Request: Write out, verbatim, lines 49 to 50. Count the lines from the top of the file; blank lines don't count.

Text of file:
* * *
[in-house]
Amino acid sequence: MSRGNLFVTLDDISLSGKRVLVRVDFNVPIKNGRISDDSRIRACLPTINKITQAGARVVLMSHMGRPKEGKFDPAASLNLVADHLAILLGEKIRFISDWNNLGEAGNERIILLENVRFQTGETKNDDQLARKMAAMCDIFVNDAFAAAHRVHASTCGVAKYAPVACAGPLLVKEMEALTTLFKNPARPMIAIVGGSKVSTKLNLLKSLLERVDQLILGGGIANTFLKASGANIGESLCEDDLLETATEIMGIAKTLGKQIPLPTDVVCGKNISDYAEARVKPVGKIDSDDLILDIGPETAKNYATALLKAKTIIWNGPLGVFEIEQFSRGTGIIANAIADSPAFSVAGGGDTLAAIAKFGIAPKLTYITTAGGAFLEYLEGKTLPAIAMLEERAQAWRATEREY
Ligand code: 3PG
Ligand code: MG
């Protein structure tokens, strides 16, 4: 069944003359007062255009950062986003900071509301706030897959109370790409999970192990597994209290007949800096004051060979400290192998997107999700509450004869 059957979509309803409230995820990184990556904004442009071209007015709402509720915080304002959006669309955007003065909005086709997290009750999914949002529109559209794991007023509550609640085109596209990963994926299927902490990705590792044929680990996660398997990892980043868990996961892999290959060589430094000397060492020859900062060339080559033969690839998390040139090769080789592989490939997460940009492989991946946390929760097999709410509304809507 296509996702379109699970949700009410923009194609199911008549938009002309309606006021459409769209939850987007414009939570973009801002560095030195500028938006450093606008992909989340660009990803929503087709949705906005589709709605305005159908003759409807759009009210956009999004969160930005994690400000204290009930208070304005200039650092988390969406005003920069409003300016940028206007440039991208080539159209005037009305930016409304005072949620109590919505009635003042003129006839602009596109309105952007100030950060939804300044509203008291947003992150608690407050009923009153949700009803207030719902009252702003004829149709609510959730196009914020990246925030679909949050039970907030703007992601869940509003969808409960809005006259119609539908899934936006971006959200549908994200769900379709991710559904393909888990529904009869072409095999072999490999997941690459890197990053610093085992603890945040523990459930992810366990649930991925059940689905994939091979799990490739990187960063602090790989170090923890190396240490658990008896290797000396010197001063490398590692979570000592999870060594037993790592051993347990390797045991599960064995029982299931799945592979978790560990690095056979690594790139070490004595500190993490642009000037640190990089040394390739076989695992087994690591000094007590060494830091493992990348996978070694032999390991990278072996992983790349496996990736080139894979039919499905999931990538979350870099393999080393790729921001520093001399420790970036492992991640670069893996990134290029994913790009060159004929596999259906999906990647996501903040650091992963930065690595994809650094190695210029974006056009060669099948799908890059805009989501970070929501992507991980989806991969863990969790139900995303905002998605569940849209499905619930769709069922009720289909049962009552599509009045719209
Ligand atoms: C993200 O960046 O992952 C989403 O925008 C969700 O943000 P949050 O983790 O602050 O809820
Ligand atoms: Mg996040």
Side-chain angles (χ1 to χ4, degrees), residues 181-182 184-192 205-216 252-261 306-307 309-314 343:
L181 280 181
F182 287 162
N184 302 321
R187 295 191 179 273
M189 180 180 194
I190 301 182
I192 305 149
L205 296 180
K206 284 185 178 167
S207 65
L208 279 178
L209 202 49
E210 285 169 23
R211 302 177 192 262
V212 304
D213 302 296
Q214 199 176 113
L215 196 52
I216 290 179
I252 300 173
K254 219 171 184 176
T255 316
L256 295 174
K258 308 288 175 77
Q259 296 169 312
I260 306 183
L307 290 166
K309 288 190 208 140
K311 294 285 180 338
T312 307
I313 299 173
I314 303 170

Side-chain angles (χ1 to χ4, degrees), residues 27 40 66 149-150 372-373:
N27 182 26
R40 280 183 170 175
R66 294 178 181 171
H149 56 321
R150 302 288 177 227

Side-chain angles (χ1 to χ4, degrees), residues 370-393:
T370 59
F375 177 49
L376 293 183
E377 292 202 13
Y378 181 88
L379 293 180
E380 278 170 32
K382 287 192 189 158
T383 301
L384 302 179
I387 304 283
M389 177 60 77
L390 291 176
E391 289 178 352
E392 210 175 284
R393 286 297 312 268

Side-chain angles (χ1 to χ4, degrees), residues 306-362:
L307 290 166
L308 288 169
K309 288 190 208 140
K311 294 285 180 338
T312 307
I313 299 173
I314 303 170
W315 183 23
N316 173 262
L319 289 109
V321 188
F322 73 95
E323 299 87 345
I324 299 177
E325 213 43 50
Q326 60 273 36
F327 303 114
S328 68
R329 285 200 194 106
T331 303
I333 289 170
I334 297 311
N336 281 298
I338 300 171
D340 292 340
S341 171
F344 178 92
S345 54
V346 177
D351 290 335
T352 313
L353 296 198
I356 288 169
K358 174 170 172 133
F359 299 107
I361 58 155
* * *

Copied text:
F375 177 49
L376 293 183